Are Militants' Swords Mightier Than Guns?

"They thought watching TV is a sin," he told through an interpreter. "We were forced to watch only tapes of Osama bin Laden and videos of how al Qaeda was taking hostages and killing Americans."

A Visible Display of Faith

Trapped, terrified and under constant scrutiny, the Muslim technician said he took to praying frequently during the day. "I believe in God, of course," he said. "But why did I pray so much then?

Because I felt that if they would see me praying, they might release me."

Weeks after his release, Kizil is convinced that it was his very visible display of faith — and the fact that he's a Muslim — that ultimately saved him.

Indeed, a day before he was released, the pan-Arab al Jazeera satellite television network aired video of Kizil and Sercali kneeling before five hooded men as one of the militants read out a statement, claiming the release was "to honor the Muslim Turkish people" following "the repentance of the two hostages."

‘They’re Muslims, So Don’t Kill Them’

While many Islamic extremist groups view secular Muslims as "slaves" to the "infidel West," Muslim hostages in Iraq were spared a gruesome, public death by sword — until recently.

Days after Kizil and Sercali were released, many Islamist Web sites featured vigorous debates about whether beheading a Muslim was justified.

While some contributors said all Turks, as citizens under a secular government, were "hypocrites" who deserved to be beheaded, others disagreed. "Slaughtering is something you started with the infidel crusaders and their allies, and we hope you won't deviate from that path," wrote a contributor who identified himself as the "Enemy of Foreign Infidels." But, he added, "They're Muslims, so don't kill them."

In an apparent shift in tactics, militants now have taken to decapitating Muslim hostages in Iraq. Last month, two Pakistanis were beheaded in Iraq and footage of their decapitation was sent to al Jazeera. On Tuesday, an Islamist Web site carried a videotape purporting to show the beheading of an "Egyptian spy" working for U.S. forces in Iraq.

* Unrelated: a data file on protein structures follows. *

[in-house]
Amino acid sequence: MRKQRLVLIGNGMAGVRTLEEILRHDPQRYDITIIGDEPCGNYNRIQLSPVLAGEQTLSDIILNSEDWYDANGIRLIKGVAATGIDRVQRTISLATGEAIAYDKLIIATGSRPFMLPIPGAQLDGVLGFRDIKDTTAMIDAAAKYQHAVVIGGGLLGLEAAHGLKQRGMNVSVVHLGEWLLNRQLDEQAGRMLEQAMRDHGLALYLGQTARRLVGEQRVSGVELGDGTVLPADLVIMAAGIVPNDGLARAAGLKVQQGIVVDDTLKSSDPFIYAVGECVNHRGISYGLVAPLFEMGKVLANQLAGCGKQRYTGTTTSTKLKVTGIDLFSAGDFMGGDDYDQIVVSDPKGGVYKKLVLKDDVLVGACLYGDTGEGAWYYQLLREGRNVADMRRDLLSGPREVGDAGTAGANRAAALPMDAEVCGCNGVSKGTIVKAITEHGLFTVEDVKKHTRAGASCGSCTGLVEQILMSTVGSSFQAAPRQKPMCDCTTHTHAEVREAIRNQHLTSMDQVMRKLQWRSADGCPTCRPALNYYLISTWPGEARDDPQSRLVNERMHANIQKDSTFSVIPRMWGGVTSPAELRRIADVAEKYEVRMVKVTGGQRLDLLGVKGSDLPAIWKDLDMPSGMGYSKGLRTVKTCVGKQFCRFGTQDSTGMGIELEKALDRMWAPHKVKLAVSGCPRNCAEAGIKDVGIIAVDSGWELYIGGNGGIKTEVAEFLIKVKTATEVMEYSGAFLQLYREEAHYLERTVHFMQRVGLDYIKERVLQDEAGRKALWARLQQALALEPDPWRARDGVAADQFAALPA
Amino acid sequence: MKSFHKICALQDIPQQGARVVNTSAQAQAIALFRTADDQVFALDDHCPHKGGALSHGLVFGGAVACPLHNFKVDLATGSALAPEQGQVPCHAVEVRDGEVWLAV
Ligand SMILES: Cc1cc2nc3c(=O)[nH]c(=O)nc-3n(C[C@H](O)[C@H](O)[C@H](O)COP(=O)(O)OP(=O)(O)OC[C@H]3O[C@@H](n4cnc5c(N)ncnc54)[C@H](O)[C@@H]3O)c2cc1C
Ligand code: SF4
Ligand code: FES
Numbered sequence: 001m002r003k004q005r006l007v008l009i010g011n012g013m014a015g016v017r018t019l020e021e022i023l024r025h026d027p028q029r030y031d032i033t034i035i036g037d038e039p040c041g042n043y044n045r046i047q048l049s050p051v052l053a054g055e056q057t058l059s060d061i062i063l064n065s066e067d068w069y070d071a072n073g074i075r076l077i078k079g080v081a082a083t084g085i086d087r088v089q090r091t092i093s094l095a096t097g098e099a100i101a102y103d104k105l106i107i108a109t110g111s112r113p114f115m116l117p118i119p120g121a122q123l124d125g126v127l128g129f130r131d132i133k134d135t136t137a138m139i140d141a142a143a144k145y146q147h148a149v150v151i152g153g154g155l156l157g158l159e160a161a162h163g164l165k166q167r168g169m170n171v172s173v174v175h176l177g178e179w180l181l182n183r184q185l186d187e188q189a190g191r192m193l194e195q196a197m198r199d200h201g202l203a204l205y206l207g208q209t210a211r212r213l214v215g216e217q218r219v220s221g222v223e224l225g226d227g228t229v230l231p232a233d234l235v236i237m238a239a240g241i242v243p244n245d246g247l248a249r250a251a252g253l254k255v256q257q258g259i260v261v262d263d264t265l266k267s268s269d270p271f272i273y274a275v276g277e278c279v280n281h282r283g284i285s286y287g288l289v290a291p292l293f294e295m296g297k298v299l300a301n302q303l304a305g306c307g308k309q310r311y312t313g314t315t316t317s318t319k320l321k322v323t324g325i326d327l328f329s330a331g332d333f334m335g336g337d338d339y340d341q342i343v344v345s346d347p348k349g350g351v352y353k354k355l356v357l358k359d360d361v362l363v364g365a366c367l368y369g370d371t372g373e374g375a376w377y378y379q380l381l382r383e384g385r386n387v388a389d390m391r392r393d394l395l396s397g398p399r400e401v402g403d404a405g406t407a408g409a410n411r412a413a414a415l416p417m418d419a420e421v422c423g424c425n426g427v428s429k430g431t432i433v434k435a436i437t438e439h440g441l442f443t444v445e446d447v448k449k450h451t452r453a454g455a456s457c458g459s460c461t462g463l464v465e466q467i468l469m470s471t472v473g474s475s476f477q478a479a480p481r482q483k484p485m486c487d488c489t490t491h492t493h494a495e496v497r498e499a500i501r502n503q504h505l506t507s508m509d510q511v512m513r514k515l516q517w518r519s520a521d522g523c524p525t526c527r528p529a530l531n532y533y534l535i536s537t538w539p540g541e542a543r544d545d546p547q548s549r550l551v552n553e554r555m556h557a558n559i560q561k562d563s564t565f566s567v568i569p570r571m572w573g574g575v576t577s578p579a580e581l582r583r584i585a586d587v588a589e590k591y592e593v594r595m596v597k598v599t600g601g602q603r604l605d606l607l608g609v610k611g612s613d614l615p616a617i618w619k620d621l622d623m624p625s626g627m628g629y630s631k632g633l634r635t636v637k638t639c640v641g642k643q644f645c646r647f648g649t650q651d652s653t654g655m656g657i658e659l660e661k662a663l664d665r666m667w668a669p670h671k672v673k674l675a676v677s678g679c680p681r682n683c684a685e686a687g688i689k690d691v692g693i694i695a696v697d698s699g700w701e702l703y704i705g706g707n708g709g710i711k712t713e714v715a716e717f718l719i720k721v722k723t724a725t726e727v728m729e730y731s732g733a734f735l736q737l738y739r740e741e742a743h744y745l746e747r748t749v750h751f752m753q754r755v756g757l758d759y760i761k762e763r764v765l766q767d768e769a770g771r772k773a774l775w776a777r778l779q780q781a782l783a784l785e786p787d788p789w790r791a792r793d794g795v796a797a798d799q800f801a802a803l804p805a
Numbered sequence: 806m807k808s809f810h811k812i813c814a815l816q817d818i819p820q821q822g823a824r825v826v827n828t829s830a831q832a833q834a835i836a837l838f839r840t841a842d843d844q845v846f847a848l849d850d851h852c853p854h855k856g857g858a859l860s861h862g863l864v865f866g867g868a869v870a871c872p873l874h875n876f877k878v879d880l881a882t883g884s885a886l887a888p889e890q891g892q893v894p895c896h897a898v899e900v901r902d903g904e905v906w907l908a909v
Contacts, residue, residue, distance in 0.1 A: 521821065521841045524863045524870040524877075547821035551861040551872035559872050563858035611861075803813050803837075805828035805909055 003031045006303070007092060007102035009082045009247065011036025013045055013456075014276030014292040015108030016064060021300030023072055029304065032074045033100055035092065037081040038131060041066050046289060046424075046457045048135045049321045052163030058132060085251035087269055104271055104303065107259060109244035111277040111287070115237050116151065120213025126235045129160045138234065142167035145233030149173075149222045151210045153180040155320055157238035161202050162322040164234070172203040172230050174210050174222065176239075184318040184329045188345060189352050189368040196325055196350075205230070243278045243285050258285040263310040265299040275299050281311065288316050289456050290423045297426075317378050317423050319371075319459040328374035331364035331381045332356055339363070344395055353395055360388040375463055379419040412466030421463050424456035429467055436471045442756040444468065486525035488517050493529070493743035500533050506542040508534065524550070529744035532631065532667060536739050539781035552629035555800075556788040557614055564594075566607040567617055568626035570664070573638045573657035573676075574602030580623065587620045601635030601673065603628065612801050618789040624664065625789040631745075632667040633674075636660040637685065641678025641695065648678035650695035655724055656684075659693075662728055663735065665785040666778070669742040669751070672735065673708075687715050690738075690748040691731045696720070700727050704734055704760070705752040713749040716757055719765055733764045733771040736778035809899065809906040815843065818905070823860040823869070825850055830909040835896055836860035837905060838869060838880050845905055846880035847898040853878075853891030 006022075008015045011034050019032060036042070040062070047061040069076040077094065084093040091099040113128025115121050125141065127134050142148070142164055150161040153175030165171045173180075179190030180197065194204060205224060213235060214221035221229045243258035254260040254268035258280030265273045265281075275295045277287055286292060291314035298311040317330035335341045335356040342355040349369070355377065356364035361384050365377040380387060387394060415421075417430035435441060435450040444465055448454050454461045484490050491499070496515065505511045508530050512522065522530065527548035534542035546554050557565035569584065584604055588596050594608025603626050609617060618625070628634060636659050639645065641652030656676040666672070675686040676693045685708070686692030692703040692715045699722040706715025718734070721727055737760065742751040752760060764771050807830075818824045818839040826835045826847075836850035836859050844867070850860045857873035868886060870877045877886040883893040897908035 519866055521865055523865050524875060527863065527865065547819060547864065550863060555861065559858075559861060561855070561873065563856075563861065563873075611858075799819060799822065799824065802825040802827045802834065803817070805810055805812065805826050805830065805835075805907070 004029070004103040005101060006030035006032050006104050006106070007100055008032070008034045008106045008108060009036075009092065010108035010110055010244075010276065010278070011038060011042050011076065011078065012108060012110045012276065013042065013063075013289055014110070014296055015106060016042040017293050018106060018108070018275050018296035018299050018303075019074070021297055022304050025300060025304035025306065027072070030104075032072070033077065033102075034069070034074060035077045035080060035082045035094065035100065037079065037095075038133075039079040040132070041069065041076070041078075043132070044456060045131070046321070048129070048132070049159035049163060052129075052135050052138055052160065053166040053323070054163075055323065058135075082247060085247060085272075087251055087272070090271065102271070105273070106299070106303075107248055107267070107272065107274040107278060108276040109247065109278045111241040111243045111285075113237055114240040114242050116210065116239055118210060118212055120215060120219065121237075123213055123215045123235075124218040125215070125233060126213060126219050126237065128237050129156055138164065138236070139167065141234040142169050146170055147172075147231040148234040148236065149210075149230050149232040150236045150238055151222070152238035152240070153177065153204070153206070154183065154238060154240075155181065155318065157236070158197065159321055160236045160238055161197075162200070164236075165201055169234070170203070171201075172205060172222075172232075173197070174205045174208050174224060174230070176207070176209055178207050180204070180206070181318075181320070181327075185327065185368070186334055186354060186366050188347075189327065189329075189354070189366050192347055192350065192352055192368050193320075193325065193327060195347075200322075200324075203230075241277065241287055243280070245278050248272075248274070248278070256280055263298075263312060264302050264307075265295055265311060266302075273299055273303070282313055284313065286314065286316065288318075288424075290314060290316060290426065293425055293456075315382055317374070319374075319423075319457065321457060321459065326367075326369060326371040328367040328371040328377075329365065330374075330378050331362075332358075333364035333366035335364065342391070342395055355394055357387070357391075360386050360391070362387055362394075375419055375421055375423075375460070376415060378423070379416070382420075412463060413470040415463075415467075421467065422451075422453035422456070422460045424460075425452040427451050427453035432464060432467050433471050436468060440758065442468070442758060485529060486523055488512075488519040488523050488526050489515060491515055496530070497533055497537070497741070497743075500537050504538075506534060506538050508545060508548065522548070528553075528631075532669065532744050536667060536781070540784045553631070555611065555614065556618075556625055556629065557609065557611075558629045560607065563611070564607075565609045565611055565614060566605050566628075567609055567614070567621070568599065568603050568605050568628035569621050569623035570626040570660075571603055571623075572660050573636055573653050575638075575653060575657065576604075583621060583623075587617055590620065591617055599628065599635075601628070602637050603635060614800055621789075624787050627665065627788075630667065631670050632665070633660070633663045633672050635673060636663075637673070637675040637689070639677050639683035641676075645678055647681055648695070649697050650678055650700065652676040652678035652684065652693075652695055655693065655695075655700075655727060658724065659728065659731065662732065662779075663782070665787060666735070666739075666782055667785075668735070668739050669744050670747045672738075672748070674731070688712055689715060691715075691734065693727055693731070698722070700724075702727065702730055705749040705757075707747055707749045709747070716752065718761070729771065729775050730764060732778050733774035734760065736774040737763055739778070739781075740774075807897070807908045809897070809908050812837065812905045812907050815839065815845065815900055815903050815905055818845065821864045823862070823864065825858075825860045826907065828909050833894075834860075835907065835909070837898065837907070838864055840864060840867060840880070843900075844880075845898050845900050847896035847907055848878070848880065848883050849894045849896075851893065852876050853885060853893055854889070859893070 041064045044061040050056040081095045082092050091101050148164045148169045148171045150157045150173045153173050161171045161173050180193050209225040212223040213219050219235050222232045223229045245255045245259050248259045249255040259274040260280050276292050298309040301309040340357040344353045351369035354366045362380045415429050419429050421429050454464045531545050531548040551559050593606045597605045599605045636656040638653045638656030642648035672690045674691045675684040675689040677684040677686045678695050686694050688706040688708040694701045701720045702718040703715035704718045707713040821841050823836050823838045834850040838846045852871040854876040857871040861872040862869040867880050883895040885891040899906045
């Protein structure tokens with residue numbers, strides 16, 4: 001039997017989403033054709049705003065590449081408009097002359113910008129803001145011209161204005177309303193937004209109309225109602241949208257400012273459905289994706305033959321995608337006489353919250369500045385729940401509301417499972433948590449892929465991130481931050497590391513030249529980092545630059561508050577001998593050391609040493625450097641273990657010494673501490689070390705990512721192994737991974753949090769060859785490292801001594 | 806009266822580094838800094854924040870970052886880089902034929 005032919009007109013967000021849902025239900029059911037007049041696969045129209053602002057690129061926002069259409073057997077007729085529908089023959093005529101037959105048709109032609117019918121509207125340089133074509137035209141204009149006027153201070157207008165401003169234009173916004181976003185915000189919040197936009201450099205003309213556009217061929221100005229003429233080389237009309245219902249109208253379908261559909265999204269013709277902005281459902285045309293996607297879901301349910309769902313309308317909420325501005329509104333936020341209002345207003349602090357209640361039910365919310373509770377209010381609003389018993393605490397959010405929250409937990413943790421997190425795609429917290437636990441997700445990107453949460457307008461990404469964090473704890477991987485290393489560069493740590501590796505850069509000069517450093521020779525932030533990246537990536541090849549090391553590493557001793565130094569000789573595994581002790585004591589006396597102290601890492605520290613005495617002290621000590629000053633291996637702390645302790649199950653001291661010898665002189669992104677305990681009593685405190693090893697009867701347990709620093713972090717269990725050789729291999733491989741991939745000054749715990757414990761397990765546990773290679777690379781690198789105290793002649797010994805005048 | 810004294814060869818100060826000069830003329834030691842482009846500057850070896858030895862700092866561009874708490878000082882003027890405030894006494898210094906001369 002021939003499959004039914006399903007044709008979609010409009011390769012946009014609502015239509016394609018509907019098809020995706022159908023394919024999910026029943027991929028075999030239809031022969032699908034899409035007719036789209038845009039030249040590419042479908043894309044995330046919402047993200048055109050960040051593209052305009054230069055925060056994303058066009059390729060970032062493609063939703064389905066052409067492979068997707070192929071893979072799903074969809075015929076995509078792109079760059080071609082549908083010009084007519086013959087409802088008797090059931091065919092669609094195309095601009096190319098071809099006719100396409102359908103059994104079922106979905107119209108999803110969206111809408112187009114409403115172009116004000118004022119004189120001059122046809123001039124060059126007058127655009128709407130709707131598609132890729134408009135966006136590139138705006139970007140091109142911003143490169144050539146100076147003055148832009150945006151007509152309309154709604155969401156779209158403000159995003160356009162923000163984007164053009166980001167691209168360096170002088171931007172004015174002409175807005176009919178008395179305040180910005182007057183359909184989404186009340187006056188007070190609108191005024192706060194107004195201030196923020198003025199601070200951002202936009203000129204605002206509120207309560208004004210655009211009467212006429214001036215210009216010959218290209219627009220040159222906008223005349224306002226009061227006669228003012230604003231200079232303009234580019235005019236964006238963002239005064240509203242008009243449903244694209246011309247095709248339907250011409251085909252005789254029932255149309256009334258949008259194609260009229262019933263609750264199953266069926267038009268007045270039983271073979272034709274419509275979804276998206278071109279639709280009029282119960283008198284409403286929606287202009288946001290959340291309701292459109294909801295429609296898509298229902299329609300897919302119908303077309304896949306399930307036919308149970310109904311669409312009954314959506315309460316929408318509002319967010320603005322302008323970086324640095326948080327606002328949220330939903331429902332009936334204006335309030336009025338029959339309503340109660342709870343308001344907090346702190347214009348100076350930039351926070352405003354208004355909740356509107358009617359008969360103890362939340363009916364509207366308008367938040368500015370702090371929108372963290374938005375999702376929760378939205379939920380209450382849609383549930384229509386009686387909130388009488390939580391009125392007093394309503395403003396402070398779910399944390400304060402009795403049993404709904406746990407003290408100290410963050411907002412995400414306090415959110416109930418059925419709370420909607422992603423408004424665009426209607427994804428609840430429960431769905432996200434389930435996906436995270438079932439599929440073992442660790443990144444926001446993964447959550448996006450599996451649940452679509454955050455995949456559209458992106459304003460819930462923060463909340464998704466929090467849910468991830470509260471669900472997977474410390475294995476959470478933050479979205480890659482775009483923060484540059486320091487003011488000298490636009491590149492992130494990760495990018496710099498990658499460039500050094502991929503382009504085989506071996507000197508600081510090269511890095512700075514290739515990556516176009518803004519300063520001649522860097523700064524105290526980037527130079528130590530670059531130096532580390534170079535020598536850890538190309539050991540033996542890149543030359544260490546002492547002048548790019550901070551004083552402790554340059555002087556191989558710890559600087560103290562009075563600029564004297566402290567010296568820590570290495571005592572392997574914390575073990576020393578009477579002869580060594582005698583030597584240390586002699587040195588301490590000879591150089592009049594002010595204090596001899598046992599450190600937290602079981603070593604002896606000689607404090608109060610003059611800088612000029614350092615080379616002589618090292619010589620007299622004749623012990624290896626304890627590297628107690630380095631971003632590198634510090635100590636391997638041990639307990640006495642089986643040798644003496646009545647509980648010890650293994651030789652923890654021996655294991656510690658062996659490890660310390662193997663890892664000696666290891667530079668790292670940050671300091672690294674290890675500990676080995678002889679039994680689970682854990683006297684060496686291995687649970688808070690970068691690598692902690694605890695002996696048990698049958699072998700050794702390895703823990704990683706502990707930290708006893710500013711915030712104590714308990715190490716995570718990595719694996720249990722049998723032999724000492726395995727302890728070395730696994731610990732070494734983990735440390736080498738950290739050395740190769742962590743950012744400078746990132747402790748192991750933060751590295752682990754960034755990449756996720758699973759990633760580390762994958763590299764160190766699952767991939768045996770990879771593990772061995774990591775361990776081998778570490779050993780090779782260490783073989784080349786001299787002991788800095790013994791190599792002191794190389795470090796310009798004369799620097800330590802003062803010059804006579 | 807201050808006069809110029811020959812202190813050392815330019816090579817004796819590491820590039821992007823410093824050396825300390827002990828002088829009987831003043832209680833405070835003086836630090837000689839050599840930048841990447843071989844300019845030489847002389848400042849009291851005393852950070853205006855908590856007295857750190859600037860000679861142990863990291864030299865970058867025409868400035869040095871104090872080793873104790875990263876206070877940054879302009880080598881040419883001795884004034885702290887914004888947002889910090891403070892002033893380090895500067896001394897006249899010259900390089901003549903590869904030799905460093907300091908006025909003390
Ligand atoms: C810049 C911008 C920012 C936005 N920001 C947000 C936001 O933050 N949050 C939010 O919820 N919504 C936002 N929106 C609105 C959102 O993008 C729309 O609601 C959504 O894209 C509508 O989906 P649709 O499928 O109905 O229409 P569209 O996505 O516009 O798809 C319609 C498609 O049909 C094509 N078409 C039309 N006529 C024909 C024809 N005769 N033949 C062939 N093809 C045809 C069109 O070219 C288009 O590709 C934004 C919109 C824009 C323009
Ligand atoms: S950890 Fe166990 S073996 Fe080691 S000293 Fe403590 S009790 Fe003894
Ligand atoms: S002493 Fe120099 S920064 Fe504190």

The tape, allegedly made by Jordanian militant Abu Musab al-Zarqawi's group, identifiied the man as Mohammed Mutawalli. The tape's authenticity has not been verified.

History ‘Giddy’ With Severed Heads

While militants frequently espouse so-called Islamic canons to justify their brutal acts of vengeance, Diaa Rashwan, a researcher at the Al Ahram Center for Political and Strategic Studies in Cairo, Egypt, warns against attaching too much doctrinal significance to the beheadings.

"It's their interpretation of Islam," he said. "It's how they choose to interpret Islam." Even discussions about why Muslims should not be beheaded, Rashwan noted, were flawed and ultimately pointless. "It's their own interpretation of religion and it's their own interpretation of history, because there have been many great Muslims who have been beheaded."

Some analysts say Islam does justify decapitations. In a column in the online magazine Slate, Lee Smith noted the number of times beheadings appear in the Koran and concluded that "Islamic history is giddy with heads separated from their bodies."

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